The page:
Why Coupons Aren’t All That

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Coupon PyschologyMark and I had a little spat in February.

Before you scoot up on the edge of your seat, eager to be filled in on such juicy private details as marital conflict, I’ll tell you up front: It wasn’t that big of a deal. I mean, for real. The forty cents off four cans of Campbell’s condensed soup wasn’t that big of a deal.

Sorry if you were expecting something more dramatic. The truth is, Mark and I generally don’t fight. A deep level of respect for each other and the combination of two very passive personalities makes conflict almost non-existent in our marriage. This couponing fiasco is one of the very few times we have ever gotten aggravated with each other. That’s about as juicy as our conflict has ever gotten.

So any way… the coupons. Since we are a young couple in the ministry, for the most part volunteering our lives to God’s work, we don’t have a lot of money. This isn’t a big deal to us. It’s part of the package we have chosen. We left behind all the comforts of a cushy financial situation for the sake of the ministry and traded them for the joy of serving Christ in a full-time capacity. With that however, there is a perpetual juggling to make ends meet and the necessity of being beyond frugal.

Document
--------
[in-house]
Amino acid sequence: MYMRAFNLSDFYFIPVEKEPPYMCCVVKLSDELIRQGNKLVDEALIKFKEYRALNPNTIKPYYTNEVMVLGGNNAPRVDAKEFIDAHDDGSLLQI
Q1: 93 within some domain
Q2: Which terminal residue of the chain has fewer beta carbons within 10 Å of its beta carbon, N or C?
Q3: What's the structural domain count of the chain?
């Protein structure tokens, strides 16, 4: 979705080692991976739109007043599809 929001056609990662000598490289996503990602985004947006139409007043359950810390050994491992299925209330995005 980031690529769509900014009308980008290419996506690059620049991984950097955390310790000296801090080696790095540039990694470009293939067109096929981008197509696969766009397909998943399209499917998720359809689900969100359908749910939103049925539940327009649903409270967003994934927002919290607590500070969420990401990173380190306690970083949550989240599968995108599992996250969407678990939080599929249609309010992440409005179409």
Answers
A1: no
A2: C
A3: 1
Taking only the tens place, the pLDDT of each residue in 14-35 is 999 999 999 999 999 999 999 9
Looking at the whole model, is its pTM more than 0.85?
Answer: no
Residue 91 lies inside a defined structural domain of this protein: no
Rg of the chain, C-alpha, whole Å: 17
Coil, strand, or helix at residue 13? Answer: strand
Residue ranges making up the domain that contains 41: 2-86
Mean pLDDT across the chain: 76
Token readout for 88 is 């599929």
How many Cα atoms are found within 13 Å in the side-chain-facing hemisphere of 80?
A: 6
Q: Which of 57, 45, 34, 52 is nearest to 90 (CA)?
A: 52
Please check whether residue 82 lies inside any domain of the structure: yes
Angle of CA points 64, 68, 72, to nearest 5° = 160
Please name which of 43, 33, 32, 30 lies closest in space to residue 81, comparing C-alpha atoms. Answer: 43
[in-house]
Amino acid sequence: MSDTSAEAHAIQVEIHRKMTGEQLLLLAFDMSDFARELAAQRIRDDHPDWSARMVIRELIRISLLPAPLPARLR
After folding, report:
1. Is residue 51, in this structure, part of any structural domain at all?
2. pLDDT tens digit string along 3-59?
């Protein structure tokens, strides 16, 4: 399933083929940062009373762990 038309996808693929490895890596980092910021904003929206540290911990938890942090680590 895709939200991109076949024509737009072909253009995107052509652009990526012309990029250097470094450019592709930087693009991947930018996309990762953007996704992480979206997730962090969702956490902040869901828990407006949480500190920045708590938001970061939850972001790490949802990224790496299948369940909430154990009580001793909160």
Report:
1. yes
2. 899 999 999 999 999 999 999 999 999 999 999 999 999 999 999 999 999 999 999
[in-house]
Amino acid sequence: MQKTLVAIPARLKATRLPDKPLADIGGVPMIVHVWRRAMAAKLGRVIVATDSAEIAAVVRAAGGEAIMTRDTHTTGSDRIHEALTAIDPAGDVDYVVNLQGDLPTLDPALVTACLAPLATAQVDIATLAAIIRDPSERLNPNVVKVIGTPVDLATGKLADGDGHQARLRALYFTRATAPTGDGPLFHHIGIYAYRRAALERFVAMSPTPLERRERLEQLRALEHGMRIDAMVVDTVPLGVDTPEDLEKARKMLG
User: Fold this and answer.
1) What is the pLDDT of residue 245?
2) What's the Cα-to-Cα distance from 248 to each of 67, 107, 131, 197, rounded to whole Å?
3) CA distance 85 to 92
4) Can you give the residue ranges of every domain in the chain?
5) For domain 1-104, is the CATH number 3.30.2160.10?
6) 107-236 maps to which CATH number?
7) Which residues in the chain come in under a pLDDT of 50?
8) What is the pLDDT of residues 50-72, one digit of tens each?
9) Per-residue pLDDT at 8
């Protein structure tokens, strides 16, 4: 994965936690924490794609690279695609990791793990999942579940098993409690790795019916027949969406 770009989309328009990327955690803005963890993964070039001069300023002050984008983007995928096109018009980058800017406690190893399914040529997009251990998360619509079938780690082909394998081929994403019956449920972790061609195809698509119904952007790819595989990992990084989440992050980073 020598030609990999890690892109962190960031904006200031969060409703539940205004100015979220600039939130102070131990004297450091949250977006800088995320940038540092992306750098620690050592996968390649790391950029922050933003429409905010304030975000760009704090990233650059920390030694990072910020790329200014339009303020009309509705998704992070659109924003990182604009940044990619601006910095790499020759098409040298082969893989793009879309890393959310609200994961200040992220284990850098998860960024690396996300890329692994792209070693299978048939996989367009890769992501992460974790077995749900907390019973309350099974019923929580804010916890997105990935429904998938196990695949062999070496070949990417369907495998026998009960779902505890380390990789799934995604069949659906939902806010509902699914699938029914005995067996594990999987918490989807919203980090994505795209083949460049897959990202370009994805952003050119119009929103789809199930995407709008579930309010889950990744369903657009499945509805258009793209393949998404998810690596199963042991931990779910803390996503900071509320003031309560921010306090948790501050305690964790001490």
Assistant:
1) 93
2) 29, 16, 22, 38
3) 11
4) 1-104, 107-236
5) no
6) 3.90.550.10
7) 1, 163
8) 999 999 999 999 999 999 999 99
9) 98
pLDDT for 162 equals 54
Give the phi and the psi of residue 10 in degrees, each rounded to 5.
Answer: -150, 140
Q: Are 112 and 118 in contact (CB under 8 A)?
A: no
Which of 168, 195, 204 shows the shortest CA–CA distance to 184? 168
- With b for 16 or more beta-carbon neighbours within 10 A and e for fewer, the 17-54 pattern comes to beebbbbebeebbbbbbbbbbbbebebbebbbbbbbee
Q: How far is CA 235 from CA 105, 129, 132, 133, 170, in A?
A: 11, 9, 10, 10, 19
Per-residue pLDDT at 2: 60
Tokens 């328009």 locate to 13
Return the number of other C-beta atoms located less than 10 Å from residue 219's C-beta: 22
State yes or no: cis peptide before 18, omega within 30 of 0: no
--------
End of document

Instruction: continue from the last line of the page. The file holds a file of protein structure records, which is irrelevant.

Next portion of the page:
Well, this particular month of February, I rediscovered coupons.

Coupons With Scissors XXXL

It happens every once in awhile.

After pouring over the Krazy Coupon Lady’s blog, and printing scads of coupons, and downloading cash back and grocery reward apps, I was raring to go. I was armed with coupons and felt empowered when we walked into Wal-Mart. Look out world, Miss Frugal is on the loose! Mark, not opposed to saving money, and perhaps thinking optimistically, trusted me to the grocery shopping and went off to browse electronics. He met up with me when I was almost finished collecting my delightful ‘deals.’

HOWEVER, when he rejoined me, he immediately started debating my choices. I wanted to use a chocolate milk rebate from Ibotta, so I selected the lowest price and the smallest bottle. A little 2 serving jug of milk was going to cost us $1.00 when all was said and done. I thought it sounded pretty great. He was quick to point out however, that my price per ounce was ridiculous.